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Rooting for Roku

September 24, 2010

Picking up on previous posts on LiveDigitally what makes a great Google TV or Boxee app, I thought I’d jump in with some thoughts of my own on one of my favorite devices, the Roku box.

I got my Roku about four months ago and I love it, I really do. It gives me about 75% of the content I would want on my TV, which was enough to get me to “cut the cord” and cancel my cable subscription. So for the past few months, Roku has been my rocket ship to the TV universe.

I haven’t seen Roku’s latest offerings, but here are some thoughts on what I have seen and heard about their current boxes:

  1. Roku wins universal praise for its ease and setup, but not so much fanfare for its UI; I can’t disagree. The box is dead-simple to set-up and use, which is great. But the UI is uninspired and doesn’t really encourage you to really delve in to what is on offer
  2. Another piece of high praise is reliability, my box hardly ever flakes and we put it through the ringer. It is hard-wired into my router so I can’t vouch for the wifi capability, which appears to be improved in the new boxes launched today
  3. Content: At the outset, Roku was essentially a Netflix box. That was great a year-or-so ago but now, everyone and their brother is a Netflix box. Roku has some nifty content like MLB, Pandora, Amazon and a few others, but they need to continue to expand with more mainstream stuff.  Apple has Netflix and just scored ABC and FOX. It isn’t a huge leap forward, but it may be enough to peel off Roku users.
  4. Developer community: Related to the content problem, I know from some developer friends that Roku isn’t the easiest platform to develop on. Obviously this is a problem as competitors, both large and small have strong developer communities. Difficult development platform=difficult to get the choice apps/content.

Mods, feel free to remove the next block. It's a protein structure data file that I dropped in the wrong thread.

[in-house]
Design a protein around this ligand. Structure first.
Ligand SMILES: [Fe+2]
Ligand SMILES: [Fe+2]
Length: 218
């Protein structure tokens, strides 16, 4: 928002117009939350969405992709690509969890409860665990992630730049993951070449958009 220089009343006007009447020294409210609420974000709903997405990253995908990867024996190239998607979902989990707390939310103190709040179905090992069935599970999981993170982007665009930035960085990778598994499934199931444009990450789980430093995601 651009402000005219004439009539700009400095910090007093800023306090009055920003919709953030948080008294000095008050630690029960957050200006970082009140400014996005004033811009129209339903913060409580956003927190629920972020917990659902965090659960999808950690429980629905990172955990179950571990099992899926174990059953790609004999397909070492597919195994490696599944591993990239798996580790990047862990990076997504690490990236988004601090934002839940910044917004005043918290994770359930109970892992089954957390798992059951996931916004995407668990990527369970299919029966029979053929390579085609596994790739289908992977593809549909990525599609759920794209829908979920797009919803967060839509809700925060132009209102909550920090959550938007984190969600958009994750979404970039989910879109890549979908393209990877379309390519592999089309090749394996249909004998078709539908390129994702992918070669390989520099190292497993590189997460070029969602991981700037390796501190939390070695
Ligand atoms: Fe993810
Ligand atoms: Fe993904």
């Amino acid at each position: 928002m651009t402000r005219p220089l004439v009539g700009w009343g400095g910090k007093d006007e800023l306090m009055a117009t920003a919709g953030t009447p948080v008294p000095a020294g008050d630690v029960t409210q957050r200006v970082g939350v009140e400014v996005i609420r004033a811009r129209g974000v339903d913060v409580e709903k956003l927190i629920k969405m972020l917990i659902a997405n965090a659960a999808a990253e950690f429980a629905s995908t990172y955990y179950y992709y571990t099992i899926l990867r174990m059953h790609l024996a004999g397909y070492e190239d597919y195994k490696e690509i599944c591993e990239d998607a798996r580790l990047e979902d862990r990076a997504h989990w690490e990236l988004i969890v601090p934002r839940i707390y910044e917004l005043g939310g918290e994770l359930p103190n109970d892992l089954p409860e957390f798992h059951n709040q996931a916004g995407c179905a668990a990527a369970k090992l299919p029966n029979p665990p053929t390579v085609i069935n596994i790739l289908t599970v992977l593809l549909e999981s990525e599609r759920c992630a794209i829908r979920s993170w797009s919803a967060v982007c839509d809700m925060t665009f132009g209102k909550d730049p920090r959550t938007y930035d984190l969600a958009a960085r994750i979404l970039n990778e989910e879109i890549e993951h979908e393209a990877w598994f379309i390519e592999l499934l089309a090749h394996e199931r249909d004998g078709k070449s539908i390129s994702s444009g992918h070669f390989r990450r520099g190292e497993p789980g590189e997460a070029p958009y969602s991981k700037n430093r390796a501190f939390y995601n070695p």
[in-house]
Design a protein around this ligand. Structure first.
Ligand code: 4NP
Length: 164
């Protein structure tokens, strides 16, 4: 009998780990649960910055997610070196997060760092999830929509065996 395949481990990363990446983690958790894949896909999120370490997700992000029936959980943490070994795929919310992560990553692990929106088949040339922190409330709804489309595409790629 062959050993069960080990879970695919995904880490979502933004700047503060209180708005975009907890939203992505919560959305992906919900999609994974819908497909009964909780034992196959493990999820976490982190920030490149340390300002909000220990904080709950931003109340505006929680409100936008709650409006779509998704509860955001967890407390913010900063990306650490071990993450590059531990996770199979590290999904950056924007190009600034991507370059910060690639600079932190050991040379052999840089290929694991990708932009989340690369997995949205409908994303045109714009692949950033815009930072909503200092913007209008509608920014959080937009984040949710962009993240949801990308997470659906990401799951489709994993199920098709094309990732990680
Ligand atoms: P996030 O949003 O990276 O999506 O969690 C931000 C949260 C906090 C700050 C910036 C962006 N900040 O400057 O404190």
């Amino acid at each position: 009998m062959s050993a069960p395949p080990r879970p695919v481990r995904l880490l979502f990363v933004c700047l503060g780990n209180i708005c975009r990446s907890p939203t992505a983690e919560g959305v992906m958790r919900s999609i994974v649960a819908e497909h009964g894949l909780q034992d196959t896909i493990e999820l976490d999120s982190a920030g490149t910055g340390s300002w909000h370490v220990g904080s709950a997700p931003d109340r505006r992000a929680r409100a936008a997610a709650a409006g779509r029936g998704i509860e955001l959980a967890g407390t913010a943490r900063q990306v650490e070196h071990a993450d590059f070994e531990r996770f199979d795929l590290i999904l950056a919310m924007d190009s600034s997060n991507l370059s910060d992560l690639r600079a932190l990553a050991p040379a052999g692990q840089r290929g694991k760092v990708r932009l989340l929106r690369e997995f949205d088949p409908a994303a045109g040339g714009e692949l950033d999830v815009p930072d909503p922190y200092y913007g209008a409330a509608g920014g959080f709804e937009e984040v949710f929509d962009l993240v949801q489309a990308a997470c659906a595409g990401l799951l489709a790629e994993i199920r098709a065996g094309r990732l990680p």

Some of the pet peeves that are missing from my current box have been addressed by the new ones, the biggest being previously a lack of USB. With my current XR, I don’t have USB to view my own content, which is frustrating. Happily, that has been solved with the XDS

But even as it evolves, Roku is firmly staking ground in the low-end market, which I think is a good move.

The big battle around media-streaming boxes will be around price/performance; Google TV seems to be on the highest end, with estimates that their box will be in the $200-$300 range, Boxee is next at under $200, with Apple TV and Roku coming in at the sub $100 range.

GoogleTV and Boxee promise a more active experience, with more features, web surfing  etc., but also with a more complicated remote/UI. AppleTV and Roku look to be more of lean-back experience of just watching content via a simple remote/UI.

My money is on the lean-back experience, which I think is more viable for the short term. A simple box that lets people access most of the content they want will be the gateway drug to media-streaming boxes. Boxee and Google TV look/sound great on paper, but I wonder if they may be too complex too early in the lifecycle of this product segment.

(Cross posted from LiveDigitally)

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2 Comments
  1. Ian permalink

    What about the Xbox 360 and HTPC’s like the new Dell Zino HD?

  2. Michael Robertson permalink

    Roku can also play your iTunes music so it’s a capable music device as well.

    See how at: http://www.youtube.com/watch?v=ctn4Dx0IGPE

    It really is an incredible package and they just reduced their prices so you can get one for as little as $59.

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